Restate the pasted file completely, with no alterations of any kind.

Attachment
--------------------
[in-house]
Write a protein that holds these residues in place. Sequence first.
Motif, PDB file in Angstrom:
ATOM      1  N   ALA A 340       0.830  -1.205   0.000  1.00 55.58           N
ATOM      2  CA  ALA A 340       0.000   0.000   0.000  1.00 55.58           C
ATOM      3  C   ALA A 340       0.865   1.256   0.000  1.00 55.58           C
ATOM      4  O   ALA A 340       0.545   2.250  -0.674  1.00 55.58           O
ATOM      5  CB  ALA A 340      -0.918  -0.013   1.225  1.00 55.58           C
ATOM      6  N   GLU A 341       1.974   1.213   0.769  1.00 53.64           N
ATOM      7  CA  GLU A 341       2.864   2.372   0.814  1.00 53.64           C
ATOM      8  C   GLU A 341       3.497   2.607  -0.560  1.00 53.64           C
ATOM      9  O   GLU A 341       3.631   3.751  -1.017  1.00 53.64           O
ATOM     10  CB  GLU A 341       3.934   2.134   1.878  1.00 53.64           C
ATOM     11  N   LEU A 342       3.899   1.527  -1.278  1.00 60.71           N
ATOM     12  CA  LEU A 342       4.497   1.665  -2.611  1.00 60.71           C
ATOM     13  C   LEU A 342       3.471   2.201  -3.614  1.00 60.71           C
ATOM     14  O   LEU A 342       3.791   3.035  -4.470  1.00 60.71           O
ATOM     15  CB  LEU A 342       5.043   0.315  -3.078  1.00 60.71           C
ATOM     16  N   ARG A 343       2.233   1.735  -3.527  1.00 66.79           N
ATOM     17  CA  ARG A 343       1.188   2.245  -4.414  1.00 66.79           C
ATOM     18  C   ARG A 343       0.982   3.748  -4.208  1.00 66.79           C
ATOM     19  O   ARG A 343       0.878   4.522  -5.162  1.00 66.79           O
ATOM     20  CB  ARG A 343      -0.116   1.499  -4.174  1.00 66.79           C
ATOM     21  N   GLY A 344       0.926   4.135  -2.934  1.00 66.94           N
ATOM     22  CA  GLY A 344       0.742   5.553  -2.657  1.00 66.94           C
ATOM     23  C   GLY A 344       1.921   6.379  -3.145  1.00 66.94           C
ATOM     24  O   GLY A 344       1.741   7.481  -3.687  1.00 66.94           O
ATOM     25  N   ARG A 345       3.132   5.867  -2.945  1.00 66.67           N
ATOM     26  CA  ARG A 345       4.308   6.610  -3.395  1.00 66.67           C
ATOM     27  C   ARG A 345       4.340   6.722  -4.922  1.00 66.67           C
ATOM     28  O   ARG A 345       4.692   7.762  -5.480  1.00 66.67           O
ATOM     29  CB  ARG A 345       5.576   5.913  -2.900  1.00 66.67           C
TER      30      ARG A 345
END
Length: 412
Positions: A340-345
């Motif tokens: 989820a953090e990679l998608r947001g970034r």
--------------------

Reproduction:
[in-house]
Write a protein that holds these residues in place. Sequence first.
Motif, PDB file in Angstrom:
ATOM      1  N   ALA A 340       0.830  -1.205   0.000  1.00 55.58           N
ATOM      2  CA  ALA A 340       0.000   0.000   0.000  1.00 55.58           C
ATOM      3  C   ALA A 340       0.865   1.256   0.000  1.00 55.58           C
ATOM      4  O   ALA A 340       0.545   2.250  -0.674  1.00 55.58           O
ATOM      5  CB  ALA A 340      -0.918  -0.013   1.225  1.00 55.58           C
ATOM      6  N   GLU A 341       1.974   1.213   0.769  1.00 53.64           N
ATOM      7  CA  GLU A 341       2.864   2.372   0.814  1.00 53.64           C
ATOM      8  C   GLU A 341       3.497   2.607  -0.560  1.00 53.64           C
ATOM      9  O   GLU A 341       3.631   3.751  -1.017  1.00 53.64           O
ATOM     10  CB  GLU A 341       3.934   2.134   1.878  1.00 53.64           C
ATOM     11  N   LEU A 342       3.899   1.527  -1.278  1.00 60.71           N
ATOM     12  CA  LEU A 342       4.497   1.665  -2.611  1.00 60.71           C
ATOM     13  C   LEU A 342       3.471   2.201  -3.614  1.00 60.71           C
ATOM     14  O   LEU A 342       3.791   3.035  -4.470  1.00 60.71           O
ATOM     15  CB  LEU A 342       5.043   0.315  -3.078  1.00 60.71           C
ATOM     16  N   ARG A 343       2.233   1.735  -3.527  1.00 66.79           N
ATOM     17  CA  ARG A 343       1.188   2.245  -4.414  1.00 66.79           C
ATOM     18  C   ARG A 343       0.982   3.748  -4.208  1.00 66.79           C
ATOM     19  O   ARG A 343       0.878   4.522  -5.162  1.00 66.79           O
ATOM     20  CB  ARG A 343      -0.116   1.499  -4.174  1.00 66.79           C
ATOM     21  N   GLY A 344       0.926   4.135  -2.934  1.00 66.94           N
ATOM     22  CA  GLY A 344       0.742   5.553  -2.657  1.00 66.94           C
ATOM     23  C   GLY A 344       1.921   6.379  -3.145  1.00 66.94           C
ATOM     24  O   GLY A 344       1.741   7.481  -3.687  1.00 66.94           O
ATOM     25  N   ARG A 345       3.132   5.867  -2.945  1.00 66.67           N
ATOM     26  CA  ARG A 345       4.308   6.610  -3.395  1.00 66.67           C
ATOM     27  C   ARG A 345       4.340   6.722  -4.922  1.00 66.67           C
ATOM     28  O   ARG A 345       4.692   7.762  -5.480  1.00 66.67           O
ATOM     29  CB  ARG A 345       5.576   5.913  -2.900  1.00 66.67           C
TER      30      ARG A 345
END
Length: 412
Positions: A340-345
């Motif tokens: 989820a953090e990679l998608r947001g970034r």